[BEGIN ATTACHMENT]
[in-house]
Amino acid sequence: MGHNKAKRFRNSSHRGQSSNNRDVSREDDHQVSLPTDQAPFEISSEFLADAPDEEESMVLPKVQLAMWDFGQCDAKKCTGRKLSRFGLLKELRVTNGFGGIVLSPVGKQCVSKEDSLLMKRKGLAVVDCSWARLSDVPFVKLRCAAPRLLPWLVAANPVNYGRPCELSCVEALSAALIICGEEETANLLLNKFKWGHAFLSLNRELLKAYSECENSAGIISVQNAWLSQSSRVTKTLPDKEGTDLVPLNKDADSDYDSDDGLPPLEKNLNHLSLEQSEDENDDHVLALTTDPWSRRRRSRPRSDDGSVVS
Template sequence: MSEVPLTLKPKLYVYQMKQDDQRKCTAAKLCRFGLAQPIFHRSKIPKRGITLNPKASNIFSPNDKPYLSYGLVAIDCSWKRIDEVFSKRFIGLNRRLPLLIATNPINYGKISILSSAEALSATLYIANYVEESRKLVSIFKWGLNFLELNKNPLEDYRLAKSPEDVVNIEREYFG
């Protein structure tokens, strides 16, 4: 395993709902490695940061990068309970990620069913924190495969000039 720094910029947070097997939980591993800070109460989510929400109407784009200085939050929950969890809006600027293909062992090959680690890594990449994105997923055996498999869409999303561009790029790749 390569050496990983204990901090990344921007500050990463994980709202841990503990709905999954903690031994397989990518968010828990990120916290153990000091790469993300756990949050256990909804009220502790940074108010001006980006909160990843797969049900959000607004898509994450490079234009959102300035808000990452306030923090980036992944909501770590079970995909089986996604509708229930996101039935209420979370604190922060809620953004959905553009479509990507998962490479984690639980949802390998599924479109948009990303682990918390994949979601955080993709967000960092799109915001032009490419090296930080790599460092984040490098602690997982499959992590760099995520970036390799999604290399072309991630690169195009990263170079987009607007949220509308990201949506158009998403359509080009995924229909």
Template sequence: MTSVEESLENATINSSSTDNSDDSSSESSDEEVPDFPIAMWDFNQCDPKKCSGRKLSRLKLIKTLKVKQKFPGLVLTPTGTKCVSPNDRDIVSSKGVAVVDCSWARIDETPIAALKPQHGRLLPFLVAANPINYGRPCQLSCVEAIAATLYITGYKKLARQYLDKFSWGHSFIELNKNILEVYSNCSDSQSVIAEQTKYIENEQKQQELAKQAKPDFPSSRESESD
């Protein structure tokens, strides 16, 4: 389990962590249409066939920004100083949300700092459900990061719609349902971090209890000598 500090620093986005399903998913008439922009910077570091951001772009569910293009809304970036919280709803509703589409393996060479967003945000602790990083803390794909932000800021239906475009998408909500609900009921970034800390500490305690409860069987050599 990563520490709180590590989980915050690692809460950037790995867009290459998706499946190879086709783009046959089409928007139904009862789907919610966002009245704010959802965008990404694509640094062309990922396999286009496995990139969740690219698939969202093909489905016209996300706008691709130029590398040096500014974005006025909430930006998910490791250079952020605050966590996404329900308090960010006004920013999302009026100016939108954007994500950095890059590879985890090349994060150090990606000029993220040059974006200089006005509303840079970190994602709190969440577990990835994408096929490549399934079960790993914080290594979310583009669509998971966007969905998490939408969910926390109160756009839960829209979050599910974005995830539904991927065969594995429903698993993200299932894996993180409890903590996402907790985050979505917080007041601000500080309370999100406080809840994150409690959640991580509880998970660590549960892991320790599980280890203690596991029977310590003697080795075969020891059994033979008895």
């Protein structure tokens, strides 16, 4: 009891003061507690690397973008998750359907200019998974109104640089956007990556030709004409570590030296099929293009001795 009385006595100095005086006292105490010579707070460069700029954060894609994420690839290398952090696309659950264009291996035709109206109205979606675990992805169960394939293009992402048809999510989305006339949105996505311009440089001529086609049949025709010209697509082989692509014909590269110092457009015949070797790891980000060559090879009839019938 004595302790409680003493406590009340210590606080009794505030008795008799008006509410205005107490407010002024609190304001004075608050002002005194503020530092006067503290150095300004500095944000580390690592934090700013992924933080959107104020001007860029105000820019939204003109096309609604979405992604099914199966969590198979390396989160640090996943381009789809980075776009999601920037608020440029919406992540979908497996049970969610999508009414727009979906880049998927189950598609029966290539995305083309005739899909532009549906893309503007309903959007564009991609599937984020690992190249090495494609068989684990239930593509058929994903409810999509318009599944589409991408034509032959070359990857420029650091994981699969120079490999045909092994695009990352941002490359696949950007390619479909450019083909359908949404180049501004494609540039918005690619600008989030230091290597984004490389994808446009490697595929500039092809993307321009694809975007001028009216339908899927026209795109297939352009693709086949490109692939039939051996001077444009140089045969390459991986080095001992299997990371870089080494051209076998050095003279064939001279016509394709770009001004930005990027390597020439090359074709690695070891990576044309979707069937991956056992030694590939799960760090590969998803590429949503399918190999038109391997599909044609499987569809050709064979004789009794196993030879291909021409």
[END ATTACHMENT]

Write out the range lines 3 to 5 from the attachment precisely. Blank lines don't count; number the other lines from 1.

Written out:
Template sequence: MSEVPLTLKPKLYVYQMKQDDQRKCTAAKLCRFGLAQPIFHRSKIPKRGITLNPKASNIFSPNDKPYLSYGLVAIDCSWKRIDEVFSKRFIGLNRRLPLLIATNPINYGKISILSSAEALSATLYIANYVEESRKLVSIFKWGLNFLELNKNPLEDYRLAKSPEDVVNIEREYFG
């Protein structure tokens, strides 16, 4: 395993709902490695940061990068309970990620069913924190495969000039 720094910029947070097997939980591993800070109460989510929400109407784009200085939050929950969890809006600027293909062992090959680690890594990449994105997923055996498999869409999303561009790029790749 390569050496990983204990901090990344921007500050990463994980709202841990503990709905999954903690031994397989990518968010828990990120916290153990000091790469993300756990949050256990909804009220502790940074108010001006980006909160990843797969049900959000607004898509994450490079234009959102300035808000990452306030923090980036992944909501770590079970995909089986996604509708229930996101039935209420979370604190922060809620953004959905553009479509990507998962490479984690639980949802390998599924479109948009990303682990918390994949979601955080993709967000960092799109915001032009490419090296930080790599460092984040490098602690997982499959992590760099995520970036390799999604290399072309991630690169195009990263170079987009607007949220509308990201949506158009998403359509080009995924229909």
Template sequence: MTSVEESLENATINSSSTDNSDDSSSESSDEEVPDFPIAMWDFNQCDPKKCSGRKLSRLKLIKTLKVKQKFPGLVLTPTGTKCVSPNDRDIVSSKGVAVVDCSWARIDETPIAALKPQHGRLLPFLVAANPINYGRPCQLSCVEAIAATLYITGYKKLARQYLDKFSWGHSFIELNKNILEVYSNCSDSQSVIAEQTKYIENEQKQQELAKQAKPDFPSSRESESD